*Update – Since this blog post I’ve gotten my bill even lower, down to $25 and then $10 and occasionally even $5 per month. Check out how I did it, here.
It is a myth that just won’t die. Most people are willing to cut and save in other places but assume the cell phone is just one of those things you have to pay for without any hope of lessening the hit on the wallet. I thought otherwise and decided I wanted to save on my cell phone bill. Previously I showed you how I cut nearly $40 a month from my cell phone bill, saw no change, and still kept my iphone 4. If you haven’t read Part I, check it out. Below you see two phone bills with AT&T.
So how did I cut this down even further? After a few months I began thinking that $90 was still way to much. Over $1,000 a year just for a cell phone? Ouch. And I’d made the change once, so why couldn’t I come up with something again? And that’s when I made it a point to seriously examine Straight Talk Wireless.
You’ve seen these little cards in Walmart back in the media and electronics section. I’d seen the internet ads and a few commercials but never taken it too seriously. Straight Talk offers a flat $45 for unlimited talk, text and data. It also has no contract. You buy a card, activate it and you’re on your way. Straight Talk says it uses the same towers than the big four use but does so at a fraction of the price because they don’t have anywhere near the overhead. Basically they bill themselves as the generic brand of cereal.
Same food, same taste, just no billion dollar company or colorful bird on the front. Sound great right? But there’s something about it that seems kind of, well, cheap. We tend to like established companies for some things and aren’t always fond of trying things out with upstarts. Buying generic is a fantastic way to save money on cereal, but on cell phones? We’re all a bit uneasy, as was I. But the price point, $45 a month with no contract… That was too good to not at least try, so again I took the plunge and went for it.
There are two options you have if you’re looking at switching to Straight Talk.
1) You can use the exact same phone you have. You just need to buy a sim card and switch it out. 2) You can buy a new phone. Let me save you a tremendous amount of hassle. Do not go with option #1. I wanted to keep my phone so I did. For $60 I had a new sim card and a month of service. But then I had to install it myself. Easy enough right? Nope. Because the iphone takes a “mini” sim card and the ones they sell are not mini. How do you fix this? You literally need to cut it.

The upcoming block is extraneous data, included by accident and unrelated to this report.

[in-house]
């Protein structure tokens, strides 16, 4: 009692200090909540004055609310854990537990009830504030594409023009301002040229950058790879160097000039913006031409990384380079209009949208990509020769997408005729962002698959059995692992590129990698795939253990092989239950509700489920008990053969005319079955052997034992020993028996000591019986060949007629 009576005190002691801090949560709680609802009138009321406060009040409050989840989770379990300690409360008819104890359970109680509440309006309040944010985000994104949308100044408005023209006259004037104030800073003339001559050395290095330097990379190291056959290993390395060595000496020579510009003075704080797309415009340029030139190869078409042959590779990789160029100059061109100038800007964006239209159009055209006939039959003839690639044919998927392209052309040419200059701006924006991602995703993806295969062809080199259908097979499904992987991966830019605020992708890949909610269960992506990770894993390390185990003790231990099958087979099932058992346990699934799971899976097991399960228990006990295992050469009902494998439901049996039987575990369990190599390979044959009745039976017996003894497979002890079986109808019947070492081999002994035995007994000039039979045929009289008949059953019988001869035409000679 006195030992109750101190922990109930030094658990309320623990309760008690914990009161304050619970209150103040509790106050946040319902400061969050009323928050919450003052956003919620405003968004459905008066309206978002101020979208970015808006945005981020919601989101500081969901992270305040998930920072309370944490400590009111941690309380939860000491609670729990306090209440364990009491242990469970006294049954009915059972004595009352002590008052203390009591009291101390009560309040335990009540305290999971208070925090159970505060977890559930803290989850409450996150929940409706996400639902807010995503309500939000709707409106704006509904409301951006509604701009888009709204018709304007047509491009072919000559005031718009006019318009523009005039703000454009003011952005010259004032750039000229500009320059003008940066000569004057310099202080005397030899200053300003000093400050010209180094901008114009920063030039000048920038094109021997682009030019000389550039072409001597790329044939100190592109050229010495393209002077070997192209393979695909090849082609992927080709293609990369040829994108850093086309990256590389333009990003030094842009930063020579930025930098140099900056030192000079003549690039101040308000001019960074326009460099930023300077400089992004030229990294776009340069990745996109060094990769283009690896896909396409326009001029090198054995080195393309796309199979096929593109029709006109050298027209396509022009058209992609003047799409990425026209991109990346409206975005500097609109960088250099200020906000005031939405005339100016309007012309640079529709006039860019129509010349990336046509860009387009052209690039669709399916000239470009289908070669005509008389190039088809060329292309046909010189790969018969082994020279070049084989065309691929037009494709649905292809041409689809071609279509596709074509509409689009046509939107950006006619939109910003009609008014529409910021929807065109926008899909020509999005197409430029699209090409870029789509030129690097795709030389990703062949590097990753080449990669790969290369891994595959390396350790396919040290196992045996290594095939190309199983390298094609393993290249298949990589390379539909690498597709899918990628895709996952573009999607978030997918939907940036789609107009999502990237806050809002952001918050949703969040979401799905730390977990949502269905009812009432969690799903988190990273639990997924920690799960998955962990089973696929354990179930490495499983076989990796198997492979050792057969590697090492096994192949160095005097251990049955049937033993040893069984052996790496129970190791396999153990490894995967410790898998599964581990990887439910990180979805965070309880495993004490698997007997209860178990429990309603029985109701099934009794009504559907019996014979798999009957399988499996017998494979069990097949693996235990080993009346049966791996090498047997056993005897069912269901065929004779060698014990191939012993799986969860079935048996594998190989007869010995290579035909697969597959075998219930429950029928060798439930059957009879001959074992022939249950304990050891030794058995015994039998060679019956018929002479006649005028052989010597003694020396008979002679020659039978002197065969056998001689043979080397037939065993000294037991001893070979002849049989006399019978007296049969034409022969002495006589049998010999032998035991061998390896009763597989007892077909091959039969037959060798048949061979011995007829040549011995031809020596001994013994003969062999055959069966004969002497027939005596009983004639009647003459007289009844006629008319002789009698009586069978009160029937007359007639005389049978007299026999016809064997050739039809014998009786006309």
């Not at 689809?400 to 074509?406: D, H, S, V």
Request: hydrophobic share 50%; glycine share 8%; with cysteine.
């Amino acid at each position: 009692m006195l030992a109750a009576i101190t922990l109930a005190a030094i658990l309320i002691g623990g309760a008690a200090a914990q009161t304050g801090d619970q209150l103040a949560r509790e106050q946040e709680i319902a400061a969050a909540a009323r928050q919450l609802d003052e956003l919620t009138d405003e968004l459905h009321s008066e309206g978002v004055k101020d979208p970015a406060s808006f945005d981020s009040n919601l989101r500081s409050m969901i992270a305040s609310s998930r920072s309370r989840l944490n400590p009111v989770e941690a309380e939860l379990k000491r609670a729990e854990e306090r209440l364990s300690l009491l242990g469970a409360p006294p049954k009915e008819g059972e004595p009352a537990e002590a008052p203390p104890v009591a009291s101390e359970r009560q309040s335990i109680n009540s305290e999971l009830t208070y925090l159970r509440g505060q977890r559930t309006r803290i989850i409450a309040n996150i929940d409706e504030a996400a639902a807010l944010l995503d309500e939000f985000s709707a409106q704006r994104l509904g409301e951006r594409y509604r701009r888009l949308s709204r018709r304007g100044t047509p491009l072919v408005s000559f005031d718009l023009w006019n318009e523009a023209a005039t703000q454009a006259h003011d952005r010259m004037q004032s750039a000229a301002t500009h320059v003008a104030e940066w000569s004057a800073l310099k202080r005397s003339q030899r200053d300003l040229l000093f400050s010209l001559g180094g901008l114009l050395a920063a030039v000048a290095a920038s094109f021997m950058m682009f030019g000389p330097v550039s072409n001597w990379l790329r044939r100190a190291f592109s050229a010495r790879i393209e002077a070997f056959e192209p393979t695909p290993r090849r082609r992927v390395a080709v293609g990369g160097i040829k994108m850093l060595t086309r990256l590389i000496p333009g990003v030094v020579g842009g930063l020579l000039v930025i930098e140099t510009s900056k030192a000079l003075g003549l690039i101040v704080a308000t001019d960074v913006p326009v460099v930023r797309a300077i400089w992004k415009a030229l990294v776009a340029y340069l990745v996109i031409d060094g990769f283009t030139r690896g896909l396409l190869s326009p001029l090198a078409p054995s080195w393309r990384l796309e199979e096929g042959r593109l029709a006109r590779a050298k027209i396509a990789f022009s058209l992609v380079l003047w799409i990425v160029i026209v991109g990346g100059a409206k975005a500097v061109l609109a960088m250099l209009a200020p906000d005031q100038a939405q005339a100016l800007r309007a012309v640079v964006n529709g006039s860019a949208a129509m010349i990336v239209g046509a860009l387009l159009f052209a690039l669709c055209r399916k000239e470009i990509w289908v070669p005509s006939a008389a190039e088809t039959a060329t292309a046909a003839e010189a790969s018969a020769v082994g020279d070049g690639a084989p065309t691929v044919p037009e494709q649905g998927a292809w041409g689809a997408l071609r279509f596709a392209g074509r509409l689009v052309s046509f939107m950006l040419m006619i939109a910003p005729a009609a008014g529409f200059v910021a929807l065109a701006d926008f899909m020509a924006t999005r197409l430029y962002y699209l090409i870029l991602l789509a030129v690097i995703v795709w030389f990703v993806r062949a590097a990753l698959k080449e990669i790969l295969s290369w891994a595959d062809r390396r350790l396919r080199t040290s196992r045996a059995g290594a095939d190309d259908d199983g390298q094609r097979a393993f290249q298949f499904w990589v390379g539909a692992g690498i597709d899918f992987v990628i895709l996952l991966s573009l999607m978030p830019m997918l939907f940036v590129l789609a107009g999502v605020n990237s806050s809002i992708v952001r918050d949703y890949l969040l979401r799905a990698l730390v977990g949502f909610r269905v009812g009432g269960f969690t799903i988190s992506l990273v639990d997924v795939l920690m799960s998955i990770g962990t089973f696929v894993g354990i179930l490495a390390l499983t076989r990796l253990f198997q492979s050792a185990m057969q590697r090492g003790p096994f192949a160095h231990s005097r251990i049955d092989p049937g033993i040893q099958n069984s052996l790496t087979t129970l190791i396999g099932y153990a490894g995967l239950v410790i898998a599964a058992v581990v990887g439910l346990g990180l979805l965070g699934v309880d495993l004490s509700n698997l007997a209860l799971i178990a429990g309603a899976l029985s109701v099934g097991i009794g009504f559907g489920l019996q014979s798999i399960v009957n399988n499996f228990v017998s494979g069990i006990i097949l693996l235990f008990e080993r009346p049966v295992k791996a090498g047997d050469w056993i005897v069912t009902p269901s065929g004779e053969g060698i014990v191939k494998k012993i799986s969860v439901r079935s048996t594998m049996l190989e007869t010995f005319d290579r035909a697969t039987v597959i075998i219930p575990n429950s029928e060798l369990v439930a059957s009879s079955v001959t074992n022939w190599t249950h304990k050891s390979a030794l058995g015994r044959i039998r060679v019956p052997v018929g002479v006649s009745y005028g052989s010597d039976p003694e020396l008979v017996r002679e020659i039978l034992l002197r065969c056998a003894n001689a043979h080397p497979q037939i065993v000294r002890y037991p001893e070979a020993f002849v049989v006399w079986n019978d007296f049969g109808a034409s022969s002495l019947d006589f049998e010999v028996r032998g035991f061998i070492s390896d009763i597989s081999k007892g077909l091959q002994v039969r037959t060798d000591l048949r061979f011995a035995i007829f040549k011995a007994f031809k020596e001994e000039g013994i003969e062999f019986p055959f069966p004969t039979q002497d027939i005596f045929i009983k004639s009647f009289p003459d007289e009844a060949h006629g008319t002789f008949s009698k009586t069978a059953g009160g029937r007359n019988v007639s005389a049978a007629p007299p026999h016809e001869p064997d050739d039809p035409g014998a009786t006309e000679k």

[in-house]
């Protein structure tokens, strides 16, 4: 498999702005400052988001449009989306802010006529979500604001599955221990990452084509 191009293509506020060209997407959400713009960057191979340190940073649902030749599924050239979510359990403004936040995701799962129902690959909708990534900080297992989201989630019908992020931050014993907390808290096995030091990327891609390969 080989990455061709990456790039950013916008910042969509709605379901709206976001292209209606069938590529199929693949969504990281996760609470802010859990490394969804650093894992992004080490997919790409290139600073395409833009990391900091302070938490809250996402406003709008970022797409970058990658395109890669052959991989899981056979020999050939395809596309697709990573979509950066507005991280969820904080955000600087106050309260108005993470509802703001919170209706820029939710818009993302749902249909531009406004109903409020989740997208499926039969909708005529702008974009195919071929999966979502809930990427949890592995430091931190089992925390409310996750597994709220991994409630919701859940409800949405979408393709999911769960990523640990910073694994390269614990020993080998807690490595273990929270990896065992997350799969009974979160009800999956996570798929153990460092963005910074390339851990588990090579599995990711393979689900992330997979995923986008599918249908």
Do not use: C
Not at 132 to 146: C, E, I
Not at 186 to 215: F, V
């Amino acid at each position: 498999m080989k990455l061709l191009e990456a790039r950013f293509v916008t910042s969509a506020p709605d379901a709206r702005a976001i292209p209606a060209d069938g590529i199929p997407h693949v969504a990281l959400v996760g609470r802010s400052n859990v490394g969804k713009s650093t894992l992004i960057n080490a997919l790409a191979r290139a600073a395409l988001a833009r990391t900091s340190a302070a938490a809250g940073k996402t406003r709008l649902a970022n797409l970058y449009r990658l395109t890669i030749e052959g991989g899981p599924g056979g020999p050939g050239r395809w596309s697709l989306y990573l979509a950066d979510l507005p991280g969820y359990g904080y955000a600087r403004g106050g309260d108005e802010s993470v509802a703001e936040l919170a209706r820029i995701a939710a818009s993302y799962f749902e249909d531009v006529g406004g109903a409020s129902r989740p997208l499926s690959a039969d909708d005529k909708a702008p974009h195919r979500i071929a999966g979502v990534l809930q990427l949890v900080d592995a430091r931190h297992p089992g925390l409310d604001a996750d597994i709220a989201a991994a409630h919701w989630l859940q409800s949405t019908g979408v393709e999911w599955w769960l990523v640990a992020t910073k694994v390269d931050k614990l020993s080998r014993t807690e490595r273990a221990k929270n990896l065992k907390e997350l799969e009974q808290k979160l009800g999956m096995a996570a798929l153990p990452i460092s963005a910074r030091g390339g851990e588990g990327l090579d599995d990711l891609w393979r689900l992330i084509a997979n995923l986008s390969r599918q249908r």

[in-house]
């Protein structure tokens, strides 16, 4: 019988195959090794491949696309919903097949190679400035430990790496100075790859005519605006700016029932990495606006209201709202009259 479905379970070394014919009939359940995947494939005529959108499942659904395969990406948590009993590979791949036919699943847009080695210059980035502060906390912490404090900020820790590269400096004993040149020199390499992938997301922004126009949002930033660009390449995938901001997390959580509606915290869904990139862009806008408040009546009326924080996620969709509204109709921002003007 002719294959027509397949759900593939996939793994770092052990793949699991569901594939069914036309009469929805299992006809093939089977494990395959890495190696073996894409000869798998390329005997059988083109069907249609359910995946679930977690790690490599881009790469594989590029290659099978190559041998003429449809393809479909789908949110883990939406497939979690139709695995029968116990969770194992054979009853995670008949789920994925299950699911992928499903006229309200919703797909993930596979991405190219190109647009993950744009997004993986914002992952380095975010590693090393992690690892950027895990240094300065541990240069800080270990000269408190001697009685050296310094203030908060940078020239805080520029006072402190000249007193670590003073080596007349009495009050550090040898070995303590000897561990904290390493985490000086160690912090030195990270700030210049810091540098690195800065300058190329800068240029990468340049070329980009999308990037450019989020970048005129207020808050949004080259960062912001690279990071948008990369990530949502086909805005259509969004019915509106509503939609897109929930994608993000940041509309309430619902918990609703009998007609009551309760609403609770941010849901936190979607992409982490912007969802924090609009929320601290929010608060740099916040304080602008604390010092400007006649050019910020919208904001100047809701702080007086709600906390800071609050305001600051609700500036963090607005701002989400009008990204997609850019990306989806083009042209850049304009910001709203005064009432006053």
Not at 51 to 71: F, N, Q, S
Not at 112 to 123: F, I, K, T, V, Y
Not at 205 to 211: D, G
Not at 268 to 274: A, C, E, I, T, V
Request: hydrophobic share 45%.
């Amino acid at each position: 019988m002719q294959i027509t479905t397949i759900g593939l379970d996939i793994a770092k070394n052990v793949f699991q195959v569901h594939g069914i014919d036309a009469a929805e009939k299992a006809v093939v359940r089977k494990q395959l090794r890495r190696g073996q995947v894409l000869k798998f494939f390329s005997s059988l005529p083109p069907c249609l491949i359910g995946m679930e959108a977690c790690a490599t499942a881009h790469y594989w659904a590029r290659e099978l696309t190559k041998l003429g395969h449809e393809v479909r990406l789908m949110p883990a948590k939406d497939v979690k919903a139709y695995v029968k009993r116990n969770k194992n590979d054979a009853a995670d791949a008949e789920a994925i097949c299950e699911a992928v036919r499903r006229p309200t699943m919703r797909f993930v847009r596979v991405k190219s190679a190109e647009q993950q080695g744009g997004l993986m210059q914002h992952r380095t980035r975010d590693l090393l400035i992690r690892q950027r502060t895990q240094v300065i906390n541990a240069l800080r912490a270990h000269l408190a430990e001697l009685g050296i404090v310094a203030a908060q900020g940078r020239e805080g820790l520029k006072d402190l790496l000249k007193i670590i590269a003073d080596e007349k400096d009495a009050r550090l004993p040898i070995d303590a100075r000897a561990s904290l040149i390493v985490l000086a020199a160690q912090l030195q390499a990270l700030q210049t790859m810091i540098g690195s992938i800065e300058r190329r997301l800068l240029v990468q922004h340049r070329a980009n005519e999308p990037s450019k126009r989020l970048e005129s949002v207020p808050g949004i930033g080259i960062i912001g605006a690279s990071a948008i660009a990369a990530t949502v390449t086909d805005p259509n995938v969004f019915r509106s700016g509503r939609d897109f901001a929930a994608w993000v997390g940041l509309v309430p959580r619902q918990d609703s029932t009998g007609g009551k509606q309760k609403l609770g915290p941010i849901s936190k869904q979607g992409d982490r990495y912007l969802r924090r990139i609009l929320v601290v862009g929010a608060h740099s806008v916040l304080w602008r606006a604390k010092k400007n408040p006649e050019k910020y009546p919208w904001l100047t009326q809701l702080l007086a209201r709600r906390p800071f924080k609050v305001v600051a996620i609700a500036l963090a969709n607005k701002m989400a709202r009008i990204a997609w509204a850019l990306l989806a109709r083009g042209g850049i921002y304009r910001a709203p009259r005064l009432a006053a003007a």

As in with a knife or scissor. And unless you’re a surgeon, do you really want to have your phone’s future depend on how you accurately you can match a machine’s cutting precision?
It’s here that you realize how Straight Talk is able to offer their service for so little cost. Their customer service is just plain bad. Numerous calls to different departments yielded little hope. I have no problem with outsourcing call centers to other counties as I realize that’s the only way some businesses can stay in business, but there’s a level of English proficiency that a call center rep does need to have when dealing with clients who speak English.
With one rep I felt like she was trying to trick me. She told me I needed to make it mini, but having read some of the fine print of my package I realized that cutting it would void any return policy I have. Me: “So are you saying I need to cut it?” Her: “That is not the thing I am suggesting, you do need to have a mini sim card.” Me: “But you only sell regular sim cards. Do I need to cut it to make it mini.” Her: “I am not saying to do the cutting. That is a decision that is on your own.”
I finally ended up doing my best to cut it into a mini sim card. I even used a template from the internet and everything. Not the worst idea in the world, but up there. The sim card but, but not enough to make the phone work. And it “fit” only well enough that it got stuck. Knives and tweezers couldn’t dislodge it. What a disaster.
Thankfully the apple genius bar does have a couple of geniuses or two. I took a ride over, explained I needed their pity for being dumb, and they extracted it with a “mini” tweezer. Heading home I was dejected, that I hadn’t been able to save more off my bill, that I’d spent more on sim cards and service, (though I was able to return the sim card because it didn’t end up working,) and now I had to figure out if my AT&T service was still working. It was a hassle all right.
But then I considered option #2. And let me ruin the surprise for you. Option #2 works, and it works amazingly. It made me completely forget about the previous disaster and made me a Straight Talk believer. Check out Part III of how I ended up saving more than $80 a month on my cell phone bill.